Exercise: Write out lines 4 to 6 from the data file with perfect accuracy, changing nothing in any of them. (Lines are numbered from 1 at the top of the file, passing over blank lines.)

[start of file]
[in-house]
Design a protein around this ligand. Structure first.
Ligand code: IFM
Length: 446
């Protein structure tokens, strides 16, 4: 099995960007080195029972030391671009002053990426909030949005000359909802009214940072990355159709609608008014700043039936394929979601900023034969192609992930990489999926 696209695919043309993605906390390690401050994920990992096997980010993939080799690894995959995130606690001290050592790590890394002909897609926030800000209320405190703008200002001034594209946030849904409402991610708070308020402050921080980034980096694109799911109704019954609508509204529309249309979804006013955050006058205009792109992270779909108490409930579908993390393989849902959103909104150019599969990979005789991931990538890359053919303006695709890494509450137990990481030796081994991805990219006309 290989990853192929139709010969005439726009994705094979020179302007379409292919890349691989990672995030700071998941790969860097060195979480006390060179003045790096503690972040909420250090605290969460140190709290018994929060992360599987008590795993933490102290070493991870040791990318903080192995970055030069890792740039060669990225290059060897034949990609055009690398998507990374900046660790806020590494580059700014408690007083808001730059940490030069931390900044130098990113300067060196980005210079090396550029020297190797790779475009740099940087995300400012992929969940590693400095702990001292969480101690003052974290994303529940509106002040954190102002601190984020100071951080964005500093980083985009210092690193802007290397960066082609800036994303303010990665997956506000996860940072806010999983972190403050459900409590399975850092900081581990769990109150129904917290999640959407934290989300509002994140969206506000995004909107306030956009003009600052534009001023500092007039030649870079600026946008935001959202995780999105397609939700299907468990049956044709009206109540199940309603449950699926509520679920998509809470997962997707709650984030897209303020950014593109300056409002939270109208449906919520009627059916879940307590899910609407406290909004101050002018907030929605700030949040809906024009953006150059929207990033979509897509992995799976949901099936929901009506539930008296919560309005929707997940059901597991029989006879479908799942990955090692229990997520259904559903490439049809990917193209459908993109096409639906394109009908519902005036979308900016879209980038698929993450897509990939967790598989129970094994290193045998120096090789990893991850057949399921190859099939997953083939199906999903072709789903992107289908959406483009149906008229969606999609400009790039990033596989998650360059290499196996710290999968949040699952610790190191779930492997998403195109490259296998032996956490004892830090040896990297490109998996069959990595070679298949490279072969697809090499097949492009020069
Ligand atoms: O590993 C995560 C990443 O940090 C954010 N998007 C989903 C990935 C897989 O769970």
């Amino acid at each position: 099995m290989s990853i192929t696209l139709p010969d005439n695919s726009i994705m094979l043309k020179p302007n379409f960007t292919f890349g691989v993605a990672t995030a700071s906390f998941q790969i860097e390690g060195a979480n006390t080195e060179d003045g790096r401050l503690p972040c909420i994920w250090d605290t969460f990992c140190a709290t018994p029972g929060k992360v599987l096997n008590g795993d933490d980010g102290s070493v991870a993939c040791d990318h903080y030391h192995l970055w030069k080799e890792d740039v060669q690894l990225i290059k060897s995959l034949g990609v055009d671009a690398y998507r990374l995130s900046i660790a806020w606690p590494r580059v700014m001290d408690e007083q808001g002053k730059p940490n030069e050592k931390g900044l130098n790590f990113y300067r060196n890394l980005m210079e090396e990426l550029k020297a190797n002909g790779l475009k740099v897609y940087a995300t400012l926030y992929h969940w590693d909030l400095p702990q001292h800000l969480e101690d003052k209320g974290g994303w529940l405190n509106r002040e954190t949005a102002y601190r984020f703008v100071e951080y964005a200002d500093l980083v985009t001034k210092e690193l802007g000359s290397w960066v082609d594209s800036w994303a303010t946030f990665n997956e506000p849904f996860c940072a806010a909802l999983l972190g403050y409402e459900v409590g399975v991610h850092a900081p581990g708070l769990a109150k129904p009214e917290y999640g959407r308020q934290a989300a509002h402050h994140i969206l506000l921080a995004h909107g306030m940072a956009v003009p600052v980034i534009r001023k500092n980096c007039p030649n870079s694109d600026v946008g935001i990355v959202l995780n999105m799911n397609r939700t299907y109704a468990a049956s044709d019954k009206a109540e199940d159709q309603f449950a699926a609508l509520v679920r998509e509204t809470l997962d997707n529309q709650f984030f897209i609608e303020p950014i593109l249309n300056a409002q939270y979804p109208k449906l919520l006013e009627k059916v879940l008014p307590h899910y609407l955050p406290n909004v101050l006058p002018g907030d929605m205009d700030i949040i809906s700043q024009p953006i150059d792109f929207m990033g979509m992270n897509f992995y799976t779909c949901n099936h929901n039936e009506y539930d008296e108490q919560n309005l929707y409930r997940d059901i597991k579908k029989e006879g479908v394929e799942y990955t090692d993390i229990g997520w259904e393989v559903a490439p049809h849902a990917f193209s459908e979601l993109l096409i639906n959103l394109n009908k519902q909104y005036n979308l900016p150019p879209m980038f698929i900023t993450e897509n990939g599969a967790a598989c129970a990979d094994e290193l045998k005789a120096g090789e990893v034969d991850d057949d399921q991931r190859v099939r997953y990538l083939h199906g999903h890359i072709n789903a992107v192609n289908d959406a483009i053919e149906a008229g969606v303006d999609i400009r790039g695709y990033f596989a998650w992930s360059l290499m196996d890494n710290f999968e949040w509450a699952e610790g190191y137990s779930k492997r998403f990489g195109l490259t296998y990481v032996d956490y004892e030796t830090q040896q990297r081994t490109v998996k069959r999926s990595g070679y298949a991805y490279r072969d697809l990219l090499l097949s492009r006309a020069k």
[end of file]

Length: 446
């Protein structure tokens, strides 16, 4: 099995960007080195029972030391671009002053990426909030949005000359909802009214940072990355159709609608008014700043039936394929979601900023034969192609992930990489999926 696209695919043309993605906390390690401050994920990992096997980010993939080799690894995959995130606690001290050592790590890394002909897609926030800000209320405190703008200002001034594209946030849904409402991610708070308020402050921080980034980096694109799911109704019954609508509204529309249309979804006013955050006058205009792109992270779909108490409930579908993390393989849902959103909104150019599969990979005789991931990538890359053919303006695709890494509450137990990481030796081994991805990219006309 290989990853192929139709010969005439726009994705094979020179302007379409292919890349691989990672995030700071998941790969860097060195979480006390060179003045790096503690972040909420250090605290969460140190709290018994929060992360599987008590795993933490102290070493991870040791990318903080192995970055030069890792740039060669990225290059060897034949990609055009690398998507990374900046660790806020590494580059700014408690007083808001730059940490030069931390900044130098990113300067060196980005210079090396550029020297190797790779475009740099940087995300400012992929969940590693400095702990001292969480101690003052974290994303529940509106002040954190102002601190984020100071951080964005500093980083985009210092690193802007290397960066082609800036994303303010990665997956506000996860940072806010999983972190403050459900409590399975850092900081581990769990109150129904917290999640959407934290989300509002994140969206506000995004909107306030956009003009600052534009001023500092007039030649870079600026946008935001959202995780999105397609939700299907468990049956044709009206109540199940309603449950699926509520679920998509809470997962997707709650984030897209303020950014593109300056409002939270109208449906919520009627059916879940307590899910609407406290909004101050002018907030929605700030949040809906024009953006150059929207990033979509897509992995799976949901099936929901009506539930008296919560309005929707997940059901597991029989006879479908799942990955090692229990997520259904559903490439049809990917193209459908993109096409639906394109009908519902005036979308900016879209980038698929993450897509990939967790598989129970094994290193045998120096090789990893991850057949399921190859099939997953083939199906999903072709789903992107289908959406483009149906008229969606999609400009790039990033596989998650360059290499196996710290999968949040699952610790190191779930492997998403195109490259296998032996956490004892830090040896990297490109998996069959990595070679298949490279072969697809090499097949492009020069
Ligand atoms: O590993 C995560 C990443 O940090 C954010 N998007 C989903 C990935 C897989 O769970």